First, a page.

In this article, I recall the concept of separation of duties in computer systems and its application to enclaved programs. The concept has been implemented by Operating Systems like Linux and Windows to give applications different privileges. Rings are a widely deployed OS approach to separate privileges whereby a lower ring inherits the privileges of the higher ring. Rings play also a cardinal role in defining whether a process can access some memory area (e.g., the area of a concurrent process). For example, Windows 7 and Windows Server 2008 (and their predecessors) use only two rings, with ring 0 corresponding to kernel mode and ring 3 to user mode, because earlier versions of Windows ran on processors that supported only two protection levels.
With the introduction of enclave technologies, being fully memory-encrypted processes, a new type of ring 3 has been introduced. It is worth mentioning that enclaves run in user mode.
A process is nothing else than a bunch of micro-instructions in certain virtual addresses / segments. An Intel CPU x86 architecture is built to run multiple application software instances, named processes. The operating system (OS) allocates the computer resources of the running processes.
In case of cloud computing, multiple operating systems could be executed at the same time with the help of an hypervisor, which manages the hardware resources between the many operating system instances on the computer. In which scenario, the hypervisor acts like the kernel of an Operating System and manages the hardware computing resources between the virtualized operating systems (aka virtual machines). Either of the virtualized operating system may be thought of as “another process”. As so it allocates some memory and asks for CPU resources as any other process.
Isolation is a key feature for every software. This programming principle has been designed in favour of developers to not worry about the interactions with other software. To this end, operating systems leverage the concept of virtual memory addresses. That means from the software’s point of view, all the virtual memory on the computer is available for operations. In order to implement the virtual memory abstraction, every process will get its own virtual address space that only references the memory allocated to that process. The address translation concept uses a mapping defined by page tables, which are managed by the system software, to transform a virtual address to a physical address and vice versa.
As illustrated below, every process gets its own virtual address space and its the task of the operating system to multiplex the systems DRAM between the processes, while apparently the point of view of application developers is, they get access to the whole computer’s DRAM.
Thus, the isolation of processes is achieved and at the same time, it prevents application code to execute memory-mapped devices directly. The address translation process is carried out by a dedicated hardware in the CPU, the so called memory management unit (MMU).
Another key feature of virtualization is the distinction in software privilege levels, which are carried out by the CPU. A privilege separation implemented in hardware guarantees, that a software cannot damage other software indirectly, by interfering with the system software managing it .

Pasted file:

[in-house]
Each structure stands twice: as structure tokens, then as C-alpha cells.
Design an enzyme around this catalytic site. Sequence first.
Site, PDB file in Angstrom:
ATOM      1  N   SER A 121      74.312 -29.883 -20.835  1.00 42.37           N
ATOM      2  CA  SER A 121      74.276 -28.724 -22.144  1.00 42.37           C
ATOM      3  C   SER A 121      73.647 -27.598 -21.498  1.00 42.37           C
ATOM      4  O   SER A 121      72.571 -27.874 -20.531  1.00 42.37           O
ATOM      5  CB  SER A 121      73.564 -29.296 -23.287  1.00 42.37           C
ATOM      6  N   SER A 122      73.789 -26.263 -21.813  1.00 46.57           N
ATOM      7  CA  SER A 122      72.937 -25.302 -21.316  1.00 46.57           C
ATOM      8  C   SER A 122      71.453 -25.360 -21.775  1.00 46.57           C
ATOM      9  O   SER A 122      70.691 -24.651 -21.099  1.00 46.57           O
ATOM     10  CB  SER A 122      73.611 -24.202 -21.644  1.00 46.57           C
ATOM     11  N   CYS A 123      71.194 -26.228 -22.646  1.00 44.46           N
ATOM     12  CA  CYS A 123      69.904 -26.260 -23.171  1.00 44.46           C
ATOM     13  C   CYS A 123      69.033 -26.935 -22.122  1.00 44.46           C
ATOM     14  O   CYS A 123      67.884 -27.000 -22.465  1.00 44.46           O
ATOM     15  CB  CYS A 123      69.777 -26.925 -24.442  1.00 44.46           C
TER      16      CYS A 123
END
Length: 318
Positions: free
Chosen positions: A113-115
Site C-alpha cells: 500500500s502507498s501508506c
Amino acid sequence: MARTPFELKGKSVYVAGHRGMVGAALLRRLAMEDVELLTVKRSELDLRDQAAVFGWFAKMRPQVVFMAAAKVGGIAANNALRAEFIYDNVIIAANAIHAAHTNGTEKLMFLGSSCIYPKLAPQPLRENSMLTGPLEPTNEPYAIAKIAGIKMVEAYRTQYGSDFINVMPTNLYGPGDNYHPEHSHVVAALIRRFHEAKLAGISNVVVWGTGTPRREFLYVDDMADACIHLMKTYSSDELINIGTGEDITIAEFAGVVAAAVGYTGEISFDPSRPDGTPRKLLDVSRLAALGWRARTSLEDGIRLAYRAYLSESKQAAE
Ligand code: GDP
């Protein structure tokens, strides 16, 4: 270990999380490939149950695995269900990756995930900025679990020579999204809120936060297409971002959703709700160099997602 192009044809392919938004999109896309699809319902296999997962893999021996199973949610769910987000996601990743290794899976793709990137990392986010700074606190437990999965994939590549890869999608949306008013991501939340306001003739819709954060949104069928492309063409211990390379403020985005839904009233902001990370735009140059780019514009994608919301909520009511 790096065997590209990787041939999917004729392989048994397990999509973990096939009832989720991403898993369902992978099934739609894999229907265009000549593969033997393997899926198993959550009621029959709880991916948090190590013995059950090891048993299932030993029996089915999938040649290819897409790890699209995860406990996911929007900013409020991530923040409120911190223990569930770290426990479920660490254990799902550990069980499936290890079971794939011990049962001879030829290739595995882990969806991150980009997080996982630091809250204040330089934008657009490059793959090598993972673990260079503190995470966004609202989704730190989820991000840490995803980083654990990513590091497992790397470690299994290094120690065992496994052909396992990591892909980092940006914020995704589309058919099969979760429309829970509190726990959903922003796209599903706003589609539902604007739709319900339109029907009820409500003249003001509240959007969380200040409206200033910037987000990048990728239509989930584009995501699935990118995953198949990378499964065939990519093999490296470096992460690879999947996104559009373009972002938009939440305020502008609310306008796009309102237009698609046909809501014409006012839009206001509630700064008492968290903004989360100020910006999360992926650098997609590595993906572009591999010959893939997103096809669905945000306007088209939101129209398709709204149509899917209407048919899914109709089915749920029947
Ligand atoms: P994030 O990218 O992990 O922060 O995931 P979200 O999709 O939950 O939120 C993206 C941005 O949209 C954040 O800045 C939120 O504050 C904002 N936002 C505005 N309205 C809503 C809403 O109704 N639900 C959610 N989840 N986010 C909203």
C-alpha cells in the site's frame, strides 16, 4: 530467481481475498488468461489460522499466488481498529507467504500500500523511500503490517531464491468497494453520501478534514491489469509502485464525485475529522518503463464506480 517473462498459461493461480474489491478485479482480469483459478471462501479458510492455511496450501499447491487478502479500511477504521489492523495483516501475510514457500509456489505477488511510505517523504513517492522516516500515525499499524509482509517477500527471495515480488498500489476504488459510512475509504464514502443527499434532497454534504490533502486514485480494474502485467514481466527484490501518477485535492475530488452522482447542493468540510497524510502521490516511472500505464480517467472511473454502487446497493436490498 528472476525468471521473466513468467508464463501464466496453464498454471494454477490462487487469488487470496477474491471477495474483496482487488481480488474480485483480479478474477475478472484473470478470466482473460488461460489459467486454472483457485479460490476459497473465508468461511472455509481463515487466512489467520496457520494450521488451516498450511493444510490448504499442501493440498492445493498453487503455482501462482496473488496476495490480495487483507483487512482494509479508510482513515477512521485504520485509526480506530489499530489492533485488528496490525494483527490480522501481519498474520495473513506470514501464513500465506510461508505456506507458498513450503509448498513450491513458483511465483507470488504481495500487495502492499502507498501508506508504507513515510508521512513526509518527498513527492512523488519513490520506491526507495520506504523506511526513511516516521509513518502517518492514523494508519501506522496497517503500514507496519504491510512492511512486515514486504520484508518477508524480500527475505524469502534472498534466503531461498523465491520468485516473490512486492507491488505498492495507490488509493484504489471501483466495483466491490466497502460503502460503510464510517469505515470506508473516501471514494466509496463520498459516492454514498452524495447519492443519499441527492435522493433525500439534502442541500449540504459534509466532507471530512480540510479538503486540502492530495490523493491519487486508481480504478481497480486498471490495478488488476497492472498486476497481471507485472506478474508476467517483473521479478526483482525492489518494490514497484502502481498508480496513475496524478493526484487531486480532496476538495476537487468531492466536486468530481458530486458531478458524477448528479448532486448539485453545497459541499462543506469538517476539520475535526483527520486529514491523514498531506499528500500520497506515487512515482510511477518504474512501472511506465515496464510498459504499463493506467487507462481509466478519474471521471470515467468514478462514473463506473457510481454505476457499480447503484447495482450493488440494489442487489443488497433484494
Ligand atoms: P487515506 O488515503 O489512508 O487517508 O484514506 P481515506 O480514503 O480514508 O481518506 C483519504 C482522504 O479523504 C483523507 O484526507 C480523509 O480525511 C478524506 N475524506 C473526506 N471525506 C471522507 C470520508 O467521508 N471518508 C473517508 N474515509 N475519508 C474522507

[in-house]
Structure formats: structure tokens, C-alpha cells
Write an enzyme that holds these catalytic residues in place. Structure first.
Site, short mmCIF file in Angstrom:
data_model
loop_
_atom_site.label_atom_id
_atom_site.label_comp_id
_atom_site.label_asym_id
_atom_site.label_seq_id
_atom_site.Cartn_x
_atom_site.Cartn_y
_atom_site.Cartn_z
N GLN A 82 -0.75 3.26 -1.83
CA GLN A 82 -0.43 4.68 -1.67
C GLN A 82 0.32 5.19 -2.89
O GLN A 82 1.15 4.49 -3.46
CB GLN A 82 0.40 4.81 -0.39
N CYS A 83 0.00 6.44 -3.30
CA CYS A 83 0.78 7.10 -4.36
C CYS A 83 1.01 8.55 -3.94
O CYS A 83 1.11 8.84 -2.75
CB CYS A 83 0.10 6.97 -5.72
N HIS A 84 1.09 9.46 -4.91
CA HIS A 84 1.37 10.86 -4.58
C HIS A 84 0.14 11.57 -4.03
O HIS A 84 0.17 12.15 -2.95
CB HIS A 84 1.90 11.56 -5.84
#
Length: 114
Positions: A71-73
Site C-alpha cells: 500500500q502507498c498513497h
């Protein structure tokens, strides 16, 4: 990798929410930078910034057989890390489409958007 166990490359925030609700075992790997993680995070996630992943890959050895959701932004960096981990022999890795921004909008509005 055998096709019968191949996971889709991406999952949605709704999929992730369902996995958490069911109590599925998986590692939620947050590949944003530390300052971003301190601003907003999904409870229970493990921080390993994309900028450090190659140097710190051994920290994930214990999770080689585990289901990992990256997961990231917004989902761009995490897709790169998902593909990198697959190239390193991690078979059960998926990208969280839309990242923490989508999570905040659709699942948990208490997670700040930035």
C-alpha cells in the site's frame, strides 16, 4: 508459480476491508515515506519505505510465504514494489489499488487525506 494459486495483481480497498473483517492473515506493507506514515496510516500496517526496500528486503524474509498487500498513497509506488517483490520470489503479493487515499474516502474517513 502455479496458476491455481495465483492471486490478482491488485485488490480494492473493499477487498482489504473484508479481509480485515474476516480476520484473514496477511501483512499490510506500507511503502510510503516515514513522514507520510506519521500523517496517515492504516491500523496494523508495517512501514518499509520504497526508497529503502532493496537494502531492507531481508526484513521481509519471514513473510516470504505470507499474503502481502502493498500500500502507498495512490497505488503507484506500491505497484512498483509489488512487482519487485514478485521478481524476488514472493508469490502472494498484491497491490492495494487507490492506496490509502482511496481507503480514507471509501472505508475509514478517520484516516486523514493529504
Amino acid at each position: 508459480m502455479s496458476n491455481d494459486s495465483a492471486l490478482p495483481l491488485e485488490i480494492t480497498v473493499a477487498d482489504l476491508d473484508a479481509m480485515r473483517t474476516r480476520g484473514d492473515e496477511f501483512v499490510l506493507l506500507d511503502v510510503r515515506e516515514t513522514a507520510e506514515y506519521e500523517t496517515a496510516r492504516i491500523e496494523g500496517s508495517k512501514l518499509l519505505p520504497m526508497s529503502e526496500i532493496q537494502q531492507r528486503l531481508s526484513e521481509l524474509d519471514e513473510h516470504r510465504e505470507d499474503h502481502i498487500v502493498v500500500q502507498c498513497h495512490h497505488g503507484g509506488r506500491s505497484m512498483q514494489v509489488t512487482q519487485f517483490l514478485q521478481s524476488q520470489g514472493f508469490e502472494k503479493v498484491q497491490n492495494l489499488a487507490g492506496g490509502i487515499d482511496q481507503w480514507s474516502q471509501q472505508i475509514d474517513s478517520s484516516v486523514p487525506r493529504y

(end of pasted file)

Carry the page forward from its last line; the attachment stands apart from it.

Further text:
The concept of privilege levels is hierarchically, means the most privileged Ring 0 has superpower and the Rings below, are increasingly less privileged Rings. That’s the reason, why most privileged levels can manipulate lower privileged levels, but not vice versa.
For system designers its proven practice to distinct the operating system into a kernel (= high privilege level, Ring 0) and a user-mode (less privilege level, Ring 3) to achieve a user-safe environment. The kernel allocates all the hardware resources to the other system components (e.g. drivers, lower privileged processes) and acts like an API for system calls (SYSCALLS). The lowest privilege levels are used by standard applications like web browser and user applications and is therefor called user-mode in UNIX environments. In windows environments, the kernel-mode has the synonym unprotected-mode, because the kernel is able to access whole memory space. The user-mode is called protected-mode, because the user has lower possibilities to damage the system due to limited access to the memory.
Bringing Eclaves into this Picture
Enclave execution always happens in protected mode, at ring 3, and uses the address translation set up by the OS kernel and hypervisor. To avoid leaking private data, a CPU that is executing enclave code does not directly service an interrupt, fault (e.g., a page fault) or VM exit. Instead, the CPU first performs an Asynchronous Enclave Exit to switch from enclave code to ring 3 code, and then services the interrupt, fault, or VM exit.
The CPU performs an AEX by saving the CPU state into a predefined area inside the enclave and transfers control to a pre-specified instruction outside the enclave, replacing CPU registers with synthetic values. The allocation of enclave page cache (EPC) pages to enclaves is delegated to the OS kernel (or hypervisor). The OS communicates its allocation decisions to the SGX implementation via special ring 0 CPU instructions. The OS can also evict EPC pages into untrusted DRAM and later load them back, using dedicated CPU instructions. SGX uses cryptographic protections to assure the confidentiality, integrity and freshness of the evicted EPC pages while they are stored in untrusted memory.